By CHRIS EDWARDS
Federal pork spending has exploded in recent years. The highway bill passed in July was bloated with 6,371 pork projects, or earmarks, inserted by members of Congress. Overall, the number of pork projects has increased ten-fold during the past decade.
Many politicians see no problem with that. House Majority Leader Tom DeLay argues that it is better for members to earmark money for their districts than to leave spending to the "bureaucrats." Then there is Democrat Steny Hoyer of Maryland, who when asked whether Congress would cut pork, said, "I hope not. ... Pork barrel is in the eye of the beholder."
Actually, it isn't -- the case against most pork is clear. Most pork spending is for activities that are properly state, local or private for which the federal government has no role under the Constitution. Neither the bureaucrats nor Tom DeLay should be spending taxpayer money on items such as these from the 2005 omnibus budget bill:
U$350,000 for the Rock and Roll Hall of Fame in Cleveland.
U$218,000 for a seafood plant in Oregon.
U$250,000 for an Alaska statehood celebration.
U$250,000 for sidewalk repairs in Boca Raton, Fla.
U$1.4 million for upgrades to Ted Stevens Airport in Alaska.
U$100,000 to Rochester, N.Y., for a film festival.
The first two projects are unjustified giveaways to private businesses. Surely, millionaire rock stars could fund their Cleveland shrine by themselves.
The next two projects should be funded locally. A statehood celebration funded by federal taxpayers! Whatever happened to federalism? Sadly, state and local officials have figured out that they can shake the federal money tree for just about any local activity.
The final two projects are for local government activities that ought to be private. I can't judge whether upgrades to an Alaska airport are needed, but neither can politicians in far-off Washington. But if U.S. airports were privatized -- as they have been in other countries -- they could be upgraded by investors as needed based on local demands.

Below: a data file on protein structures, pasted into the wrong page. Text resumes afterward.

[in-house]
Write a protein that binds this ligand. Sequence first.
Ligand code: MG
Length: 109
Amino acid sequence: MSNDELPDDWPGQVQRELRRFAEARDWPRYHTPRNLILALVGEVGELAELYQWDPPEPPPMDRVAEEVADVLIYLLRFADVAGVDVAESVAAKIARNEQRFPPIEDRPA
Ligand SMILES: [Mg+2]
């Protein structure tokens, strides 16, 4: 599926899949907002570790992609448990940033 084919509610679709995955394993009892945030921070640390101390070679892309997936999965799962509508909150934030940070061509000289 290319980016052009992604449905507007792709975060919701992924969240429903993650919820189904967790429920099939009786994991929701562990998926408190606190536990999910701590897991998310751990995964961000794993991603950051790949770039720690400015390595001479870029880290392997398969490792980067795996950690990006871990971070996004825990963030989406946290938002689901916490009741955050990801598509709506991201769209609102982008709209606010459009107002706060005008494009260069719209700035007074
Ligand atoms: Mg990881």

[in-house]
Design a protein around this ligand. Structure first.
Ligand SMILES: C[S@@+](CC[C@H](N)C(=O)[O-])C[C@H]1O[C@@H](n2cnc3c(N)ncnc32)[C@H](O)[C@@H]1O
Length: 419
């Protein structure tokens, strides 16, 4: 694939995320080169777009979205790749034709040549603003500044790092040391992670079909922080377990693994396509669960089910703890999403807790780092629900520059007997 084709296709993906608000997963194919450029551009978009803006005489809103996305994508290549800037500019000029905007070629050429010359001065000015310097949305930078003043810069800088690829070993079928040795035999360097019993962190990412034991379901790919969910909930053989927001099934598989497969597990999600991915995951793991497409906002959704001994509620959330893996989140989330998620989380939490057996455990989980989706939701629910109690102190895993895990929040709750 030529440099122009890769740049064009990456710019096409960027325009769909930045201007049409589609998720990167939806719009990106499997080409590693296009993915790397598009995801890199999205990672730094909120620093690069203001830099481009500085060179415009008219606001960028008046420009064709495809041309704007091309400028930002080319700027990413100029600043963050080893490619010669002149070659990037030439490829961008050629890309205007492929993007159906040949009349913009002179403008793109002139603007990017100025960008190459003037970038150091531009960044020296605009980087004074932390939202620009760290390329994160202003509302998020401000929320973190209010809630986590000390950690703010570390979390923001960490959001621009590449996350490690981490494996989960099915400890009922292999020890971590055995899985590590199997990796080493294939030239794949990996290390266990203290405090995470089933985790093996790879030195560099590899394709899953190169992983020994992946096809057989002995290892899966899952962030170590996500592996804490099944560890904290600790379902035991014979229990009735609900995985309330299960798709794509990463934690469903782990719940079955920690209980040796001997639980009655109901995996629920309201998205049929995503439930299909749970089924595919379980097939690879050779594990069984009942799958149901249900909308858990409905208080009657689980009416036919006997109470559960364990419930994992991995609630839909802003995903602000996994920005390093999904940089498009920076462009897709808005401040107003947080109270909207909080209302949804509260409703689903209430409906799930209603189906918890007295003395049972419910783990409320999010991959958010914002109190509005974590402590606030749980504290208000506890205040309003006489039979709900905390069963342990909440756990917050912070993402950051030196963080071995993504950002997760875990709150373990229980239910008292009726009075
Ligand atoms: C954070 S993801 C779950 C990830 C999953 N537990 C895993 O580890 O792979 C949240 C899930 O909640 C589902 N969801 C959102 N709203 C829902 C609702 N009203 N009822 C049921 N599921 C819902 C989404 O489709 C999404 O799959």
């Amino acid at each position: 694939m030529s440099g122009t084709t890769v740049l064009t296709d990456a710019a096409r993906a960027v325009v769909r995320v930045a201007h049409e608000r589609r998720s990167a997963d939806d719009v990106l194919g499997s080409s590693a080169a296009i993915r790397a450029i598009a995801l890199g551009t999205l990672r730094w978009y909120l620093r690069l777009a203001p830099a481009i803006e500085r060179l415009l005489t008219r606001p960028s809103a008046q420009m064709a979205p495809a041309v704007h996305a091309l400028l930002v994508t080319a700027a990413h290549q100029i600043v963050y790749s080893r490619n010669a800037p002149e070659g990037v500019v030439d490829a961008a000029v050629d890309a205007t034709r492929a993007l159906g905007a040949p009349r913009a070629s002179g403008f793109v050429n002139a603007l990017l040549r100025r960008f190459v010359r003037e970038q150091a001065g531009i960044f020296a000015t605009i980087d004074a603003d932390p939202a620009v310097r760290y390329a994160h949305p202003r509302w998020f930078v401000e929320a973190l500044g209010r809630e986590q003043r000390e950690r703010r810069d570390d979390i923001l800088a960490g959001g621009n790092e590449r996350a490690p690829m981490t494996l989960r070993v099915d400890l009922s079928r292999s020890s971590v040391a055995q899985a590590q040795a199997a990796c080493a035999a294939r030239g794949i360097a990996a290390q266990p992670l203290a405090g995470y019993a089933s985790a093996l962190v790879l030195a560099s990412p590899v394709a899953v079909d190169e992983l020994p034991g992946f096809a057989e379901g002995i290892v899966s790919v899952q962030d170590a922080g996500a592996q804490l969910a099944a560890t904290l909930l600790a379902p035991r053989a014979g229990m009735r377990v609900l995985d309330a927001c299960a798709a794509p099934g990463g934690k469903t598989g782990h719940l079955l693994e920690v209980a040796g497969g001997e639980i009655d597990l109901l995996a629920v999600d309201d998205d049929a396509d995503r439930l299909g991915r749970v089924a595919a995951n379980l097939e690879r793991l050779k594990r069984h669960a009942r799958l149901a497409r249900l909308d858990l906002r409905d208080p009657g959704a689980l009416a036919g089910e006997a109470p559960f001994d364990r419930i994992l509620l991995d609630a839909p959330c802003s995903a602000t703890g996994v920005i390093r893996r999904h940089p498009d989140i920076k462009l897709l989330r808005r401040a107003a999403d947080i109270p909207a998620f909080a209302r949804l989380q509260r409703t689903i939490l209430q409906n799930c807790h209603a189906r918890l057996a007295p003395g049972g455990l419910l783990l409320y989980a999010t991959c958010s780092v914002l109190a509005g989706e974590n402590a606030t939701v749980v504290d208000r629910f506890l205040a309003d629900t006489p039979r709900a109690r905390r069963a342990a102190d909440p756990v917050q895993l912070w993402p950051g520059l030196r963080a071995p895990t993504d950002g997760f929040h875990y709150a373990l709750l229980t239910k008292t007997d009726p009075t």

Sadly, Republicans have forgotten about privatization and federalism -- ideas that were championed by President Ronald Reagan. Today's GOP is hell-bent on micromanaging the nation through 14,000 annual pork giveaways. The Kings of Pork are no longer Democrats such as Sen. Robert Byrd, but Republicans such as Sens. Ted Stevens, Trent Lott and Thad Cochran.
The GOP leadership has allowed an "every man for himself" ethos to permeate Congress. Members and their staffs are preoccupied with grabbing money for hometown projects rather than focusing on national issues. The problem with pork is not just the particular money wasted, but a "hidden cost of perpetuating a culture of fiscal irresponsibility" as Sen. Tom Coburn of Oklahoma noted.
GOP leaders have set poor examples -- House Speaker Dennis Hastert is a champion at bringing pork home to Illinois and aiding local companies such as Boeing and United Airlines. Hastert once tacked $250,000 onto a defense bill for a candy company in his hometown to study caffeinated chewing gum. In the recent highway bill, he helped score $1.3 billion in pork projects for Illinois, second only to California's pork total.
Mission to Mars
Meanwhile, Majority Leader DeLay has pushed for an unaffordable manned space mission to Mars, apparently because it would mean billions of dollars for the Johnson Space Center in his Houston district. Senate Finance Committee Chairman Charles Grassley often rails against corporate tax cheats, but cheated taxpayers himself by earmarking $50 million for an indoor rainforest scheme in Iowa. No wonder we have $300 billion deficits.
The lack of principled leadership has a corrosive effect on members who may be willing to support restraint, but will not put their necks on the line without sacrifice at the top. Why should House Republicans restrain themselves when their leader is the porker-in-chief? The pork explosion is a neon sign advertising the fiscal failure of today's congressional leadership.
Republicans should insist that their leaders stop undermining restraint by using their positions for parochial gain. They should stop supporting leaders who call themselves conservatives just because they favor tax cuts. The real litmus test for conservatism is leadership on spending cuts and a willingness to forgo hometown pork.
X Chris Edwards is director of tax policy at the Cato Institute and author of "Downsizing the Federal Government" (Cato Institute, November 2005). Distributed by Knight Ridder/Tribune Information Services.